The Recipe for a Great Short Story
(Editor’s Note: John Floyd has written over a half dozen stories for the Strand. His stories are an editor’s dream, they are written cleanly, always have a twist, and contain so much in most of the time under 6,000 words. We’re proud that John has been nominated for an Edgar Award for “200 Feet” which was first published in the Strand Magazine’s winter issue (Feb-May 2014). In this blog, John shares his tips on how to write a gripping and cleanly written short story.)
All writers have certain ways of doing things. Some of us outline, others are free-wheelers; some edit as we go, others wait till the end; some of us assign ourselves page or word “quotas,” or listen to music, or write at specific times of the day or in a favorite place. Whatever our practices and our quirks, we usually know—or we learn, eventually—what we have to do to produce the best result.I once heard that bad instructors say, “This is what you do,” while good instructors say, “This is what I do” and then let the student decide. I like the second approach.The following is “what I do” when I create a short story.Step 1: Pre-writingI always think a lot about the story before the writing begins. In fact, I make a mental map of the entire storyline, scene by scene, start to finish. I confess that that plan might later change direction after I start writing, but that doesn’t matter; I have to have an outline in my head before I ever put pen to paper—or fingers to keyboard. This planning/plotting phase is one of the things about writing that I enjoy the most.
Friends have said this need for a “structured” approach is due to my engineering background, but I don’t think so. I think all of us are wired differently, just as some of us are always early to appointments and others are always late. Some writers need to outline either mentally or on paper, and others need to fly by the seat of their pants with no clear direction in mind at the time, improvising as they go. Neither way is right or wrong.
Opponents of outlining say that if they knew beforehand what would happen, that knowledge would stifle their creativity and make the writing process boring. Not true, in my case. Foreknowledge gives me a road map and a destination and saves time. I think it was Tony Hillerman who said that fiction writers don’t need to outline . . . if they know they’re going to live a really long life.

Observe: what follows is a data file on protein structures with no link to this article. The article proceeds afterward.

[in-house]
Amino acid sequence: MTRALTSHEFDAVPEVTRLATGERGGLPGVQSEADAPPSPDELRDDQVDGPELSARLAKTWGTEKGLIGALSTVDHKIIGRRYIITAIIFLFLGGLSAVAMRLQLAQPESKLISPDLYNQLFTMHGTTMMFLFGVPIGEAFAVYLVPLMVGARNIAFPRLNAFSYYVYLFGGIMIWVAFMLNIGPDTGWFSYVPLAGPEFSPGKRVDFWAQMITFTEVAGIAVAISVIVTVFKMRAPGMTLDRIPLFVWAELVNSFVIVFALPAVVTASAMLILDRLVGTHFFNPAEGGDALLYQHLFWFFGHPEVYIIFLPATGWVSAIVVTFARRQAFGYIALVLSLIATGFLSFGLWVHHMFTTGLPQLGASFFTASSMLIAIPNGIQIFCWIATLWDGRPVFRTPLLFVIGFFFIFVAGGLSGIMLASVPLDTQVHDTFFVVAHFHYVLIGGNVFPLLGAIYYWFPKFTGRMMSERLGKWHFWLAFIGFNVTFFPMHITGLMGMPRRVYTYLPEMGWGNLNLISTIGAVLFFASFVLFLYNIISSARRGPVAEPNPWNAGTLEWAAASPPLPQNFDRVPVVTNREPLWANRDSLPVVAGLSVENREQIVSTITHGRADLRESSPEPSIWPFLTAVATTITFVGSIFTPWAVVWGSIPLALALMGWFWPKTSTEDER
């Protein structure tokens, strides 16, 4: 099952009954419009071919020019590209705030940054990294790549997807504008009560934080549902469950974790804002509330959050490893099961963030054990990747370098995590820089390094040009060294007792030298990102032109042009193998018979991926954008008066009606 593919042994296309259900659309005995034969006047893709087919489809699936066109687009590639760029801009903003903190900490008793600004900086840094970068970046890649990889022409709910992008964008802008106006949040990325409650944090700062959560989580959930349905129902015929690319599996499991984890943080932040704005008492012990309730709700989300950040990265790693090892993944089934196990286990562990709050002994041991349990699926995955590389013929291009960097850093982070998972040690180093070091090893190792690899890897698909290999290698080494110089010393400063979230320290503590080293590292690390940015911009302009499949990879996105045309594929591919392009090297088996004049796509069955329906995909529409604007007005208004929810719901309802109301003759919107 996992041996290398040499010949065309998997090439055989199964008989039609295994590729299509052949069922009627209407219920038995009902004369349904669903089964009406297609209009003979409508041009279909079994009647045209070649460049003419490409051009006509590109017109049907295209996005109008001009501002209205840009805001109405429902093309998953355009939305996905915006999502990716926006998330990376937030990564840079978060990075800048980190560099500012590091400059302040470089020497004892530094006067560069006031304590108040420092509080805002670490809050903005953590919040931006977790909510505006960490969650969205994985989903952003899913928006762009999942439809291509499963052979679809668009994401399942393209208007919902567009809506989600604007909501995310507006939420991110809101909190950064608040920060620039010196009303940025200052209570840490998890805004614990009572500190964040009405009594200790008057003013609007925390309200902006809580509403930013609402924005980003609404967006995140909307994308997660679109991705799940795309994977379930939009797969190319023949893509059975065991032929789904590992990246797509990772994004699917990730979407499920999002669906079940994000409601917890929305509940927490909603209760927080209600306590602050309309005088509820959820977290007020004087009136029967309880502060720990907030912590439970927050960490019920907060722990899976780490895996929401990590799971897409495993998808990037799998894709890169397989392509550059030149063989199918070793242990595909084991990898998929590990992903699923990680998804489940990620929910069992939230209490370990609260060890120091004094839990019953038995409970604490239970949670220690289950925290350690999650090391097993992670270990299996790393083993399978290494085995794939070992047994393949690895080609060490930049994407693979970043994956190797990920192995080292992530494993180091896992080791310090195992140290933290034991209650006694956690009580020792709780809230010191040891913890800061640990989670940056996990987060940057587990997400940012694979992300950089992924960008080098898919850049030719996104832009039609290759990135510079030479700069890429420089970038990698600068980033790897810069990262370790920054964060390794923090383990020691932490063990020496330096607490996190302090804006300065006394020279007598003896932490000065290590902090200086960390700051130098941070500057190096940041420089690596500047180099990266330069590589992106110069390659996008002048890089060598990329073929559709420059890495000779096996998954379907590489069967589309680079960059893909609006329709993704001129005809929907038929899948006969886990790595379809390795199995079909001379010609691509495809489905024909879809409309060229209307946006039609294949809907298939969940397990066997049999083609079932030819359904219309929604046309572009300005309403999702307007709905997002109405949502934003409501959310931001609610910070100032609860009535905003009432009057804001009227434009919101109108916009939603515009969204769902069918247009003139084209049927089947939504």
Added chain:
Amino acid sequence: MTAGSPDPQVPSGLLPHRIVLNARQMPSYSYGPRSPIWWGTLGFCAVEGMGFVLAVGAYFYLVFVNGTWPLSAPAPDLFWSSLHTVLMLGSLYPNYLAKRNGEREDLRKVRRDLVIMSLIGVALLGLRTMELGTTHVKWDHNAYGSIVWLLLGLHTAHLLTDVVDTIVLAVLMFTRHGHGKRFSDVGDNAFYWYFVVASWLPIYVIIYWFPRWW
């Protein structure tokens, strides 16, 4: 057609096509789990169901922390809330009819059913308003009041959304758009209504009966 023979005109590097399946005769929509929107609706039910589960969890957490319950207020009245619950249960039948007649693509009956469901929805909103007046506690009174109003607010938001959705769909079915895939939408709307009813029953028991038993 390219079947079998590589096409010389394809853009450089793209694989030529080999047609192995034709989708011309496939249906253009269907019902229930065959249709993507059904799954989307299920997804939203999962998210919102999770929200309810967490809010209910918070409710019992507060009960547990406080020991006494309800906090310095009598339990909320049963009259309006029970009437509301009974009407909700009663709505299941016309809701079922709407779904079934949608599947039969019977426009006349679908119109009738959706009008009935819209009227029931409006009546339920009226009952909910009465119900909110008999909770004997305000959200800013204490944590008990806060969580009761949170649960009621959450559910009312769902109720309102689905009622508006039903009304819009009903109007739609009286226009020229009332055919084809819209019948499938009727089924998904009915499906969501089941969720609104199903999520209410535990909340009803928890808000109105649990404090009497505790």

Bottom line is, everyone’s different. Whatever works, works. I outline because I can’t seem to produce successful stories any other way.
Step 2: Writing
The actual writing of the story doesn’t take me long. I’m one of those who believe that rough drafts should be rough. I like to get the whole story down on paper or on my hard drive without worrying much about details or the quality of the writing. For me, the editing comes later.
This is another area where I differ from some of my fellow writers. I know one woman who edits each page as she goes, so that when she’s finished, she’s finished. That apparently works for her—but I can’t even imagine writing a story that way. I would wind up (again) wasting a lot of time because when I go back and do my editing, I edit everything: the beginning, the middle, every scene, every paragraph. Early changes would then necessitate later changes.
When my mental outline is done, I like to sit down and key the first draft of my story into the computer. It might be three pages long and it might be thirty—but I type it all in, right down to the words The End. I might not even have named my characters at that point. The protagonist might be P, the cop might be C, the villain might be V. At least for now.
Step 3: Re-writing
This is the part of story creation that many writers say they especially hate. I don’t. I think the editing and polishing of first and subsequent drafts is fun. The house has already been built, even though it’s unpainted; now I just need to make it look good. This is where I adjust the pacing, tighten up the dialogue, name and rename the characters, pare down the description and exposition, add some snap to the action scenes, delete a boatload of adjectives and adverbs and clichés, and try to catch and repair the grammar errors. Of all these corrections, the streamlining of the dialogue is what I enjoy most.
One of the hardest things about rewriting is knowing when to stop. Somewhere along the way, after x number of drafts, I reach the point where more changes would be counterproductive. When I get there and I feel satisfied that everything’s been said as compactly and clearly as possible, I hit Save one last time, find a possible market for the story, and send it on its way.
That’s my process. I’m not saying this is the best approach or the smartest. It’s just the way I do it.
Whatever works . . .
Current bio: John Floyd’s short stories and features have appeared in more than 200 different publications, including The Strand, AHMM, EQMM, and The Saturday Evening Post. A former Air Force captain and IBM systems engineer, he won a Derringer Award in 2007 and is the author of five collections of short mystery fiction. He and his wife Carolyn live in Mississippi. John’s website is www.johnmfloyd.com